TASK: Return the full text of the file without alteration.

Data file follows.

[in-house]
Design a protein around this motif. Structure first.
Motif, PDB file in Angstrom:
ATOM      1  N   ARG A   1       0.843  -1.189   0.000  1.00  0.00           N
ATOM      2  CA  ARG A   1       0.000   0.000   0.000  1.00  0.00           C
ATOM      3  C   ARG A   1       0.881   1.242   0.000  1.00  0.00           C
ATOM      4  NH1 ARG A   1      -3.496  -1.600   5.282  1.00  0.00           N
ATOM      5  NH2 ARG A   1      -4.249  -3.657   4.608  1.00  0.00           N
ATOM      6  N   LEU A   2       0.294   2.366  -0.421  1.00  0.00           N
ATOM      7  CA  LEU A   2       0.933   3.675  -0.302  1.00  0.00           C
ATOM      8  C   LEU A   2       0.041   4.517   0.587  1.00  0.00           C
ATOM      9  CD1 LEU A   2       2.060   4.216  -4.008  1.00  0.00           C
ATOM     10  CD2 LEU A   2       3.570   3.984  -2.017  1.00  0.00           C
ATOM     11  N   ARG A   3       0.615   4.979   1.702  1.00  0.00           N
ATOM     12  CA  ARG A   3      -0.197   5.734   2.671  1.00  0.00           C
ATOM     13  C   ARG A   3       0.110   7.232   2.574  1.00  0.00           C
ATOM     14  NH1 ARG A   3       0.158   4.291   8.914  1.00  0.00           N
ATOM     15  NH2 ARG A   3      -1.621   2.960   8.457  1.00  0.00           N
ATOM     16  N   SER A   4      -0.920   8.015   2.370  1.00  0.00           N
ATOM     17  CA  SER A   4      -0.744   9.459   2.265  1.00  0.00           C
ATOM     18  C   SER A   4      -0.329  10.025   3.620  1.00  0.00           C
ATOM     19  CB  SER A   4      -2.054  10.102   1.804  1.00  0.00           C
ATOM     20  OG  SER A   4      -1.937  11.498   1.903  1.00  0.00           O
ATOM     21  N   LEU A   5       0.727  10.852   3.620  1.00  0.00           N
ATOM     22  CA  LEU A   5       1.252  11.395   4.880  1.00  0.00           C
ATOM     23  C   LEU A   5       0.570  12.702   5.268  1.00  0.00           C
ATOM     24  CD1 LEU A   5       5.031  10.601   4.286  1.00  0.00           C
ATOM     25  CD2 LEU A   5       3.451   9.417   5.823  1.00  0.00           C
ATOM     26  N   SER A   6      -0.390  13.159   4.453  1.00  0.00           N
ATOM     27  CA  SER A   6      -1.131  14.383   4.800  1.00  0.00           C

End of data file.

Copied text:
[in-house]
Design a protein around this motif. Structure first.
Motif, PDB file in Angstrom:
ATOM      1  N   ARG A   1       0.843  -1.189   0.000  1.00  0.00           N
ATOM      2  CA  ARG A   1       0.000   0.000   0.000  1.00  0.00           C
ATOM      3  C   ARG A   1       0.881   1.242   0.000  1.00  0.00           C
ATOM      4  NH1 ARG A   1      -3.496  -1.600   5.282  1.00  0.00           N
ATOM      5  NH2 ARG A   1      -4.249  -3.657   4.608  1.00  0.00           N
ATOM      6  N   LEU A   2       0.294   2.366  -0.421  1.00  0.00           N
ATOM      7  CA  LEU A   2       0.933   3.675  -0.302  1.00  0.00           C
ATOM      8  C   LEU A   2       0.041   4.517   0.587  1.00  0.00           C
ATOM      9  CD1 LEU A   2       2.060   4.216  -4.008  1.00  0.00           C
ATOM     10  CD2 LEU A   2       3.570   3.984  -2.017  1.00  0.00           C
ATOM     11  N   ARG A   3       0.615   4.979   1.702  1.00  0.00           N
ATOM     12  CA  ARG A   3      -0.197   5.734   2.671  1.00  0.00           C
ATOM     13  C   ARG A   3       0.110   7.232   2.574  1.00  0.00           C
ATOM     14  NH1 ARG A   3       0.158   4.291   8.914  1.00  0.00           N
ATOM     15  NH2 ARG A   3      -1.621   2.960   8.457  1.00  0.00           N
ATOM     16  N   SER A   4      -0.920   8.015   2.370  1.00  0.00           N
ATOM     17  CA  SER A   4      -0.744   9.459   2.265  1.00  0.00           C
ATOM     18  C   SER A   4      -0.329  10.025   3.620  1.00  0.00           C
ATOM     19  CB  SER A   4      -2.054  10.102   1.804  1.00  0.00           C
ATOM     20  OG  SER A   4      -1.937  11.498   1.903  1.00  0.00           O
ATOM     21  N   LEU A   5       0.727  10.852   3.620  1.00  0.00           N
ATOM     22  CA  LEU A   5       1.252  11.395   4.880  1.00  0.00           C
ATOM     23  C   LEU A   5       0.570  12.702   5.268  1.00  0.00           C
ATOM     24  CD1 LEU A   5       5.031  10.601   4.286  1.00  0.00           C
ATOM     25  CD2 LEU A   5       3.451   9.417   5.823  1.00  0.00           C
ATOM     26  N   SER A   6      -0.390  13.159   4.453  1.00  0.00           N
ATOM     27  CA  SER A   6      -1.131  14.383   4.800  1.00  0.00           C